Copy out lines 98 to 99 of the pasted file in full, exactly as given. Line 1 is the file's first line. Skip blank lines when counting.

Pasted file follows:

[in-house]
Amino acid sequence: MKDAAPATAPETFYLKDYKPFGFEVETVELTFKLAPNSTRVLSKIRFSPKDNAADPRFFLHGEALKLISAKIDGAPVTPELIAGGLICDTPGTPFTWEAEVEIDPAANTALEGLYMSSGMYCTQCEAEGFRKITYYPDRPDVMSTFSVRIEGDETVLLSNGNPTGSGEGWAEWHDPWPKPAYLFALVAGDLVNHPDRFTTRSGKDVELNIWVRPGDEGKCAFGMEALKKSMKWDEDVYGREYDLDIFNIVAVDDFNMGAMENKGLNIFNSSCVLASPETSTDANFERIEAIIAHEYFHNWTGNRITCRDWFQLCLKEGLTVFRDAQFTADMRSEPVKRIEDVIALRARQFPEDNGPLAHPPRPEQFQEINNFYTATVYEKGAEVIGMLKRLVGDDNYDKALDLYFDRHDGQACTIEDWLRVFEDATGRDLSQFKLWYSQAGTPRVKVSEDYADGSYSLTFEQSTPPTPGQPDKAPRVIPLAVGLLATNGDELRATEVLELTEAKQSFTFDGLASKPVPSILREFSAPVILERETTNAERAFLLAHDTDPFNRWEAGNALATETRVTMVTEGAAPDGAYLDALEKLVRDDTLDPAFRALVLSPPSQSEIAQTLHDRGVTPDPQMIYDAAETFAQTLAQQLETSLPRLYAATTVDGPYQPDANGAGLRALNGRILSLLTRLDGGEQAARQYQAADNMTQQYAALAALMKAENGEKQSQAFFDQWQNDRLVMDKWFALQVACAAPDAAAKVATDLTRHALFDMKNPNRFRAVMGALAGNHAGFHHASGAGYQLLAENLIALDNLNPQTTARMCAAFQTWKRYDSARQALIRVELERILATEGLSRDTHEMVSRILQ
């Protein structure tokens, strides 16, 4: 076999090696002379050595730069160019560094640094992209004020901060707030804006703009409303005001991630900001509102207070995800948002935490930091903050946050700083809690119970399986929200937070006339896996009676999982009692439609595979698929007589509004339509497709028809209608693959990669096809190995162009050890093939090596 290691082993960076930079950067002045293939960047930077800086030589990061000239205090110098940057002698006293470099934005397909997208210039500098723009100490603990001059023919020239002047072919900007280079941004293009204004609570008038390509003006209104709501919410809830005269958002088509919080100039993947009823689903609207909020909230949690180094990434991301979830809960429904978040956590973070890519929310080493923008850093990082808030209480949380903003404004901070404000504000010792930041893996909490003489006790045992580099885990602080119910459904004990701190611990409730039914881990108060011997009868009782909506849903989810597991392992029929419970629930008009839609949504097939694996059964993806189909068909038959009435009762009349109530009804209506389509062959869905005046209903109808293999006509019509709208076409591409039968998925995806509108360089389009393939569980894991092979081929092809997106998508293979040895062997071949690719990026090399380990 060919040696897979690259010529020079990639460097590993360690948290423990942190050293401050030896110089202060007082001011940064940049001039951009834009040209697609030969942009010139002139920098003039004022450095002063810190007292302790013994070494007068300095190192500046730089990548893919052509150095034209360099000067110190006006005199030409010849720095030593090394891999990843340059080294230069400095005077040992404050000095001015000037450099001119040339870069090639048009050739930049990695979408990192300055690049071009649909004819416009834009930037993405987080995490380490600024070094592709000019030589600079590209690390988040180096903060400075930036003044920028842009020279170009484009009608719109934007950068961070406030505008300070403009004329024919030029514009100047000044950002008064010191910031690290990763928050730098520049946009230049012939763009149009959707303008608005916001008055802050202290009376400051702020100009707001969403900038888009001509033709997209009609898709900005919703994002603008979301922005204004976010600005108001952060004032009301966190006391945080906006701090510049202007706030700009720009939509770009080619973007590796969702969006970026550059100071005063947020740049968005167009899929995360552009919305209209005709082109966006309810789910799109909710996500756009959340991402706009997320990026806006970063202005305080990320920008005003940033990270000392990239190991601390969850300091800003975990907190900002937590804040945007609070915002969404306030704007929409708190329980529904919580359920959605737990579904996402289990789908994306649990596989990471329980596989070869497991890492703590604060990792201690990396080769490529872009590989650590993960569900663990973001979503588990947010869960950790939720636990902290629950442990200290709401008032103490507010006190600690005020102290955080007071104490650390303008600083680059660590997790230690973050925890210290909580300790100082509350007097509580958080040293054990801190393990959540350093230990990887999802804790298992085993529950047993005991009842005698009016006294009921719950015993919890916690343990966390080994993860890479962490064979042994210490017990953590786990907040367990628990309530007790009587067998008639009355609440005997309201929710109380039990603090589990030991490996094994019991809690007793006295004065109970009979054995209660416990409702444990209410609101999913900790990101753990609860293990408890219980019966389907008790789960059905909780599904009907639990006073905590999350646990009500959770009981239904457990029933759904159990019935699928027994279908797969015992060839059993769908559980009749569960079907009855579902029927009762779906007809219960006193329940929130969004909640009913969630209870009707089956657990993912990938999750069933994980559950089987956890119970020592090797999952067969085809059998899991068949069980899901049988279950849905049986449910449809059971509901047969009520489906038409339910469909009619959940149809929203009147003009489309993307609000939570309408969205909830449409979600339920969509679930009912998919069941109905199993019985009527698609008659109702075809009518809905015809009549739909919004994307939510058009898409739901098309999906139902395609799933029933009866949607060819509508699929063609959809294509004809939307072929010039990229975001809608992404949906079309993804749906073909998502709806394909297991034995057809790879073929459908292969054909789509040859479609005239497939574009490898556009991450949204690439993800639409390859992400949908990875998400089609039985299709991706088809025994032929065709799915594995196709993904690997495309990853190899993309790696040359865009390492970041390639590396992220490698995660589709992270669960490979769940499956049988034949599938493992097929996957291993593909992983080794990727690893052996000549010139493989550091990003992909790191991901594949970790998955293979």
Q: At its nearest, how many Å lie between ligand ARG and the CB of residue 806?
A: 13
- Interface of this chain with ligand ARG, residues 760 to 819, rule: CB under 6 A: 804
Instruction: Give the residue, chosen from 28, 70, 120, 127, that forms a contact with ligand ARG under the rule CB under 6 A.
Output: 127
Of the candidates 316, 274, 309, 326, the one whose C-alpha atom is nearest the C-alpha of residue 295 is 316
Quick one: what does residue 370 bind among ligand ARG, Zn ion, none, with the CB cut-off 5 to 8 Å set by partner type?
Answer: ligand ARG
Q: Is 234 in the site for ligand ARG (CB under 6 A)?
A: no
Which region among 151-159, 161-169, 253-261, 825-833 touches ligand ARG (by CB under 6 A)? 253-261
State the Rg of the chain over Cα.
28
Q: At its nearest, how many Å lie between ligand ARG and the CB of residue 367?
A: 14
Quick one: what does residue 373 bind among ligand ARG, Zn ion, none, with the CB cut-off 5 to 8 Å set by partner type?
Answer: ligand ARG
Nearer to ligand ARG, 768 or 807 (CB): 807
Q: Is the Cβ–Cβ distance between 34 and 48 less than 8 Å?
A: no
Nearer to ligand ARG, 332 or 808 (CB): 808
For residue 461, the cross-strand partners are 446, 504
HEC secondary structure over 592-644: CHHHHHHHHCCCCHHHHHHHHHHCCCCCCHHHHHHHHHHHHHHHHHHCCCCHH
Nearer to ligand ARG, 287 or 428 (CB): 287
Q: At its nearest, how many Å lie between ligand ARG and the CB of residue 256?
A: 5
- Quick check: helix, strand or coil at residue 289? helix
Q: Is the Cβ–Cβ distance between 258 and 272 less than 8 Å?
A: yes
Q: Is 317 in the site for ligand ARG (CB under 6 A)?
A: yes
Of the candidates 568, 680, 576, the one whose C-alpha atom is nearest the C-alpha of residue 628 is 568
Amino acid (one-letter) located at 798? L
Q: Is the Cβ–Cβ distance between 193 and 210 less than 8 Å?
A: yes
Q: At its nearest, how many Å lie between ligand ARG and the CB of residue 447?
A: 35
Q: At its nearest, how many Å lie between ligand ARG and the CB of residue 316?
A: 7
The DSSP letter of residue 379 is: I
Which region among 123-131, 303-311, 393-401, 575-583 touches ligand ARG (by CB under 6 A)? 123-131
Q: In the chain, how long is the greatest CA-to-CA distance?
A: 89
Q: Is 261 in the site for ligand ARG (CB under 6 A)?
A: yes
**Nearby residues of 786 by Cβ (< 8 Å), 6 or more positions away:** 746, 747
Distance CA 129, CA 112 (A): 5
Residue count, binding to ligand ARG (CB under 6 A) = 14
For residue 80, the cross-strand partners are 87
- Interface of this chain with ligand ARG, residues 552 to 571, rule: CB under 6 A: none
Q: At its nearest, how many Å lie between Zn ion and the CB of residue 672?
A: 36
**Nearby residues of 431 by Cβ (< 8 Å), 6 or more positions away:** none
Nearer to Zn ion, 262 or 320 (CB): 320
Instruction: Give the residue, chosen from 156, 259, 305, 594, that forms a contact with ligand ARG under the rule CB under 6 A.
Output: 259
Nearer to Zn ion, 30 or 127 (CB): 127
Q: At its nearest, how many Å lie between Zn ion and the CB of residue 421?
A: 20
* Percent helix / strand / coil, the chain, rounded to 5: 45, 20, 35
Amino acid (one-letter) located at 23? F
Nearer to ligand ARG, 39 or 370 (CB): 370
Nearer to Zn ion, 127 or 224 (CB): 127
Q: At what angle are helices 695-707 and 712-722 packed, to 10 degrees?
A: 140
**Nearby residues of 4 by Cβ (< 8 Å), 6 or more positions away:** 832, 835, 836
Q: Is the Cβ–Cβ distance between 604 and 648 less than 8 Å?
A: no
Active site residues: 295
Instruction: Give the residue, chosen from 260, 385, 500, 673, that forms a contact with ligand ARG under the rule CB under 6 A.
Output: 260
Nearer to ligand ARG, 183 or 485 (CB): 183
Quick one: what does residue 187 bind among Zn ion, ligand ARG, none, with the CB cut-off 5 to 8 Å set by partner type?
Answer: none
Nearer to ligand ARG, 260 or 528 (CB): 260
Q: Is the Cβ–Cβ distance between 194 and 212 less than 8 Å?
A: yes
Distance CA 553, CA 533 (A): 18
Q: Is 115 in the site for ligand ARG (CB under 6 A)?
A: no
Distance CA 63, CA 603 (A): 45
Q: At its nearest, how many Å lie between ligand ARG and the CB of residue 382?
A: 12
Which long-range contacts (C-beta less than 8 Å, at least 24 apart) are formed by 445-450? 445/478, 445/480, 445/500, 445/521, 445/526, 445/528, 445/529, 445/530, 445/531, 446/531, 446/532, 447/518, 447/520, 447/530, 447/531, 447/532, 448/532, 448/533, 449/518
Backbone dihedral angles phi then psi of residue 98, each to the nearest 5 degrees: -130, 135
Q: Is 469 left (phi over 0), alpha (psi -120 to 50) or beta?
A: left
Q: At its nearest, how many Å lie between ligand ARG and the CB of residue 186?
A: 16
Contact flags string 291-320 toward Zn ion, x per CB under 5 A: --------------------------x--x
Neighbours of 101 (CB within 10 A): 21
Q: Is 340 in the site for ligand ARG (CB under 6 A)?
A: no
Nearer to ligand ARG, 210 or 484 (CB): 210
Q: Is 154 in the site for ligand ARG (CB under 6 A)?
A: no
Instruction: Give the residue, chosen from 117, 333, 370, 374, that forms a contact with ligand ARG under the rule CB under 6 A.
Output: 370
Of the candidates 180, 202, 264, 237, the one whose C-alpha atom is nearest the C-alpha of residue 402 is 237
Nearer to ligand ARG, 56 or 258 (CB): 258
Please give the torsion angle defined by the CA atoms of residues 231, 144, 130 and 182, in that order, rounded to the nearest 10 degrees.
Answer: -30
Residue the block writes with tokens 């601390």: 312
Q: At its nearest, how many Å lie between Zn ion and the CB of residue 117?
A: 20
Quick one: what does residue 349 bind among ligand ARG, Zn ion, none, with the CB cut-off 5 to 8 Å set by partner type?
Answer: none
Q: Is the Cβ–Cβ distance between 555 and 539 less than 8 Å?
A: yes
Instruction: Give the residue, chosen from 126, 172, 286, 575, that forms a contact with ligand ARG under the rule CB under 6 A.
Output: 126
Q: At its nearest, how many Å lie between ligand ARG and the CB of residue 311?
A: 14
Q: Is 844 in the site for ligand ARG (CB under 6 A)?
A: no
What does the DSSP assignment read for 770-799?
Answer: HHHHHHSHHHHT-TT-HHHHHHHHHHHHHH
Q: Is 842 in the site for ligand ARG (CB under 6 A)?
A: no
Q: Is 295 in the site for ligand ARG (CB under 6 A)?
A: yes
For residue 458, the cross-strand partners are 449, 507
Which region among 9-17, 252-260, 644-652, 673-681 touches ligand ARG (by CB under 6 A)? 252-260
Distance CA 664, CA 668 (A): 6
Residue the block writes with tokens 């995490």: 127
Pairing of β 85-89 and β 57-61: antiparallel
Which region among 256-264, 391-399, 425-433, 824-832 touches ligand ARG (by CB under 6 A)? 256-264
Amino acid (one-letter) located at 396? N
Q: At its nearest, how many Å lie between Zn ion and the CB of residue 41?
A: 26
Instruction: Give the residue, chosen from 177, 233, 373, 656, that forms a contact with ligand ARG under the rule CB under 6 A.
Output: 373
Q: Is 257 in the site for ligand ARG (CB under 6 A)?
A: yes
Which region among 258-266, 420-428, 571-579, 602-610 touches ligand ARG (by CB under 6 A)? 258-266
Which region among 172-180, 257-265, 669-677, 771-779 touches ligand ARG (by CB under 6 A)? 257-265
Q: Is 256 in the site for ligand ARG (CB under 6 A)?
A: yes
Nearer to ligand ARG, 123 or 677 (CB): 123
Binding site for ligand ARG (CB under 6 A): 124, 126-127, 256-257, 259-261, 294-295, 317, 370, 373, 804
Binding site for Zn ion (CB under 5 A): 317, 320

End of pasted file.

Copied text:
Q: Is 154 in the site for ligand ARG (CB under 6 A)?
A: no